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4 Types of Strokes in the Elderly

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According to the World Health Organization, strokes kill just over five million people every year. These cardiac events can also result in secondary health complications, such as partial paralysis, permanent brain damage, slurred speech, and stiff muscles. While some strokes are caused by genetic defects and disorders, most people can avoid these cardiac events by making some simple lifestyle changes. Here’s a closer look at four of the most common types of strokes and some steps that can be taken to prevent them.

1. Transient Ischemic Attack (TIA)

These attacks are often referred to as “mini-strokes,” and the side effects can be very minimal. However, a TIA is a warning sign of a future stroke, and seniors need to take these attacks very seriously. During a transient ischemic attack, blood won’t be able to get to the brain for just a few minutes. One of the most common symptoms of a TIA is a sudden headache that won’t seem to go away. Seniors might also complain of tingling sensations in the hands and feet. Those who experience TIAs must speak with their doctors about long-term treatments that will reduce the risk of full strokes. 

Stroke survivors who recover at home often need help with the everyday tasks of life. Many seniors prefer aging in place over moving to an assisted living facility. If your senior loved one needs assistance to remain safe and comfortable while living at home, reach out to Home Care Assistance, a leading Ft. Lauderdale senior home care agency. Our dedicated in-home caregivers can assist with meal prep, bathing and grooming, exercise, medication reminders, and many other important tasks.

2. Thrombotic/Embolic Strokes

Around 87 percent of all strokes are ischemic strokes, and those events are the result of blood clots that get stuck inside the brain. A thrombotic stroke occurs when the clot forms in the brain itself. An embolic stroke, on the other hand, takes place when a blood clot from somewhere else in the body makes its way to the brain. One of the most effective ways to reduce the risk of an ischemic stroke is to keep cholesterol at a healthy level. Seniors must also keep a close eye on their blood pressure and insulin levels. Essentially, any condition that weakens the cardiovascular system increases the risk of an ischemic stroke.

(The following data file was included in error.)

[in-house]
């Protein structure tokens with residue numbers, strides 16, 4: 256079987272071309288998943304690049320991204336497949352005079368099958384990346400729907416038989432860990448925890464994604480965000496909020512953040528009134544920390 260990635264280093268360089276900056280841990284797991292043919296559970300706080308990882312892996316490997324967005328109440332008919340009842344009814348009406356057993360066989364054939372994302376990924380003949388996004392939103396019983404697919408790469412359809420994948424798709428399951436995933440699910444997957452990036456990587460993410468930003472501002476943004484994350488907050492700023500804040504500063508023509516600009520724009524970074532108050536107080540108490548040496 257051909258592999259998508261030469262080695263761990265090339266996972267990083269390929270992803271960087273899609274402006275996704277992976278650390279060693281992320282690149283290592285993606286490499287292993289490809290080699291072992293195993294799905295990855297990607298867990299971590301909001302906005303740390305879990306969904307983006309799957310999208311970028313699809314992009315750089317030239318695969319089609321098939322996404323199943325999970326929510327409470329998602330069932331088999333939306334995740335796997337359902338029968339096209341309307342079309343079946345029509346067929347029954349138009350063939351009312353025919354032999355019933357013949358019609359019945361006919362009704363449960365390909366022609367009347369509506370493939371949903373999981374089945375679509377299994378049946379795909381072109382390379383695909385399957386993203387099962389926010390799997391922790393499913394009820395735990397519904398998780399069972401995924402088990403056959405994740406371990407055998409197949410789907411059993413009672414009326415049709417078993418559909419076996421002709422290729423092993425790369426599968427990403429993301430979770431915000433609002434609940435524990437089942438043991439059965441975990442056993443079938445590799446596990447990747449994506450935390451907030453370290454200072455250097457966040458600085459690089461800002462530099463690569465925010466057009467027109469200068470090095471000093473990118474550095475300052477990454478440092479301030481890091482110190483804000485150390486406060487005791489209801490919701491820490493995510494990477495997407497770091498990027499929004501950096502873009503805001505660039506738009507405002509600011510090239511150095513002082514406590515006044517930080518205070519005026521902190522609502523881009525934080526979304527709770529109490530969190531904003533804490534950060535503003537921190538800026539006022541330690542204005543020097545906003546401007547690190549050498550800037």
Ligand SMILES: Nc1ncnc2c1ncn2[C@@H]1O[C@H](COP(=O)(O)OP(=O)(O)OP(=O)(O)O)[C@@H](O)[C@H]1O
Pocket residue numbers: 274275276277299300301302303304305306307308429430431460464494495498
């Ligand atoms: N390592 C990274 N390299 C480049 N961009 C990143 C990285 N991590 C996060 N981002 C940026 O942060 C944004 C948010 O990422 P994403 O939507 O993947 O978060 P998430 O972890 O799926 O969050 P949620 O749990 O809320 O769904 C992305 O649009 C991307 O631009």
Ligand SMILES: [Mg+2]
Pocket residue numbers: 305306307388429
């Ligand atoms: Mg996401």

The effects of a stroke can make it difficult for seniors to live at home safely without a caregiver close by at all times. Certain age-related conditions can make it more challenging for seniors to age in place safely and comfortably, but Lauderdale-by-the-Sea live-in care experts are available around the clock to help seniors manage their health. Whether your loved one is living with dementia or is recovering from a stroke, you can trust the professional live-in caregivers from Home Care Assistance to enhance his or her quality of life.

3. Intracerebral Hemorrhage

Hemorrhagic strokes aren’t nearly as common as ischemic strokes, but they can be just as deadly. An intracerebral hemorrhage occurs when a blood vessel inside the brain bursts. These strokes often seem like they come out of nowhere, and they almost always impact cognitive abilities. During an intracerebral hemorrhage, seniors might suddenly lose the ability to speak or follow a conversation, which could be accompanied by physical symptoms, such as general weakness and a loss of balance. Keeping blood pressure at a healthy level is the best way to prevent an intracerebral hemorrhage. 

4. Subarachnoid Hemorrhage

These strokes are relatively rare, and the symptoms often get worse over the course of several days. When this type of hemorrhage first takes place, it’s common for a senior to become sensitive to light or feel as if he or she is going to faint. As the hemorrhage gets worse, he or she might have a severe headache or find it difficult to stand upright. Subarachnoid hemorrhages are difficult to predict, but most experts agree that high blood pressure and high cholesterol are two of the biggest risk factors. Older adults who notice sudden changes in their eyesight, cognitive abilities, or general strength should immediately head to the emergency room.

Senior stroke survivors often need very specialized care from someone with experience in providing support during stroke recovery. There are a variety of age-related health conditions that can make it more challenging for seniors to live independently. However, many of the challenges they face can be easier to manage if their families opt for professional home care. Galt Ocean Mile families can rely on expertly trained caregivers to keep their loved ones safe and comfortable while aging in place. To hire a dedicated caregiver, call Home Care Assistance at (954) 909-0370 today.